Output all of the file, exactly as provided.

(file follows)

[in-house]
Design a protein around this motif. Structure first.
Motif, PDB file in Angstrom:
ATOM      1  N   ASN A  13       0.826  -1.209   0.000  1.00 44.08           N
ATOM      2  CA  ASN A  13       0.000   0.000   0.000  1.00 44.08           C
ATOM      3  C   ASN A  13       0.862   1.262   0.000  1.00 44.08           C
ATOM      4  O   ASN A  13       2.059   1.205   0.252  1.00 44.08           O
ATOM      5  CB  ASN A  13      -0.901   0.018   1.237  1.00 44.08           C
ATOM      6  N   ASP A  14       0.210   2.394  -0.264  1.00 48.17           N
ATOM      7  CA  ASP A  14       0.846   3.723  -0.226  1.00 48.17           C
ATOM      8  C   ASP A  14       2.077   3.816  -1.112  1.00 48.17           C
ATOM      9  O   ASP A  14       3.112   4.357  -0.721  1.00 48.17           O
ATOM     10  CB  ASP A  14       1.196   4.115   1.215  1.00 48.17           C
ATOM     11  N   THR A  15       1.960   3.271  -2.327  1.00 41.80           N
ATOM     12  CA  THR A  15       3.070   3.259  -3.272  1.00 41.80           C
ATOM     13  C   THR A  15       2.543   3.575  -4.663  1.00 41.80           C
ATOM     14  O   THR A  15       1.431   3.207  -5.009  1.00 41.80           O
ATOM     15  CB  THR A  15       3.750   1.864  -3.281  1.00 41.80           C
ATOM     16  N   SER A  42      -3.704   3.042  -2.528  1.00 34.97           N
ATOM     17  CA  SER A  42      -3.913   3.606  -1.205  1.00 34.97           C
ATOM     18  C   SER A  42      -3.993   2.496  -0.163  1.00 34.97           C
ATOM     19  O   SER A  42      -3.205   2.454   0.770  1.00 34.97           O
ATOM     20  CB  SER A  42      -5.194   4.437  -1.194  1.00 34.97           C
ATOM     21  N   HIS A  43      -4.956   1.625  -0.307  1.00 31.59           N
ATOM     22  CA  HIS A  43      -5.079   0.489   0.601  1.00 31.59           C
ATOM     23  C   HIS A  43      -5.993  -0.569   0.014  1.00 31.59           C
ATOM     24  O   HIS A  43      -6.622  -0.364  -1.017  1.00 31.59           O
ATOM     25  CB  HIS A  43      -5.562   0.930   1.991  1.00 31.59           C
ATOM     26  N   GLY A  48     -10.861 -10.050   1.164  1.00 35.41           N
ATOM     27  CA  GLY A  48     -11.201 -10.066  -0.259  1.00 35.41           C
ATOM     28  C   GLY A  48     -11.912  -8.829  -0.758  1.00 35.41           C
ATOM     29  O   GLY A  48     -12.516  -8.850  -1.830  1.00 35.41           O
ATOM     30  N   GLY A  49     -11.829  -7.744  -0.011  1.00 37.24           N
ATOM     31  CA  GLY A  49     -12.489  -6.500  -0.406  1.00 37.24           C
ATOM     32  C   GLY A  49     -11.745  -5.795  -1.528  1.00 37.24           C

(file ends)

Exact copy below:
[in-house]
Design a protein around this motif. Structure first.
Motif, PDB file in Angstrom:
ATOM      1  N   ASN A  13       0.826  -1.209   0.000  1.00 44.08           N
ATOM      2  CA  ASN A  13       0.000   0.000   0.000  1.00 44.08           C
ATOM      3  C   ASN A  13       0.862   1.262   0.000  1.00 44.08           C
ATOM      4  O   ASN A  13       2.059   1.205   0.252  1.00 44.08           O
ATOM      5  CB  ASN A  13      -0.901   0.018   1.237  1.00 44.08           C
ATOM      6  N   ASP A  14       0.210   2.394  -0.264  1.00 48.17           N
ATOM      7  CA  ASP A  14       0.846   3.723  -0.226  1.00 48.17           C
ATOM      8  C   ASP A  14       2.077   3.816  -1.112  1.00 48.17           C
ATOM      9  O   ASP A  14       3.112   4.357  -0.721  1.00 48.17           O
ATOM     10  CB  ASP A  14       1.196   4.115   1.215  1.00 48.17           C
ATOM     11  N   THR A  15       1.960   3.271  -2.327  1.00 41.80           N
ATOM     12  CA  THR A  15       3.070   3.259  -3.272  1.00 41.80           C
ATOM     13  C   THR A  15       2.543   3.575  -4.663  1.00 41.80           C
ATOM     14  O   THR A  15       1.431   3.207  -5.009  1.00 41.80           O
ATOM     15  CB  THR A  15       3.750   1.864  -3.281  1.00 41.80           C
ATOM     16  N   SER A  42      -3.704   3.042  -2.528  1.00 34.97           N
ATOM     17  CA  SER A  42      -3.913   3.606  -1.205  1.00 34.97           C
ATOM     18  C   SER A  42      -3.993   2.496  -0.163  1.00 34.97           C
ATOM     19  O   SER A  42      -3.205   2.454   0.770  1.00 34.97           O
ATOM     20  CB  SER A  42      -5.194   4.437  -1.194  1.00 34.97           C
ATOM     21  N   HIS A  43      -4.956   1.625  -0.307  1.00 31.59           N
ATOM     22  CA  HIS A  43      -5.079   0.489   0.601  1.00 31.59           C
ATOM     23  C   HIS A  43      -5.993  -0.569   0.014  1.00 31.59           C
ATOM     24  O   HIS A  43      -6.622  -0.364  -1.017  1.00 31.59           O
ATOM     25  CB  HIS A  43      -5.562   0.930   1.991  1.00 31.59           C
ATOM     26  N   GLY A  48     -10.861 -10.050   1.164  1.00 35.41           N
ATOM     27  CA  GLY A  48     -11.201 -10.066  -0.259  1.00 35.41           C
ATOM     28  C   GLY A  48     -11.912  -8.829  -0.758  1.00 35.41           C
ATOM     29  O   GLY A  48     -12.516  -8.850  -1.830  1.00 35.41           O
ATOM     30  N   GLY A  49     -11.829  -7.744  -0.011  1.00 37.24           N
ATOM     31  CA  GLY A  49     -12.489  -6.500  -0.406  1.00 37.24           C
ATOM     32  C   GLY A  49     -11.745  -5.795  -1.528  1.00 37.24           C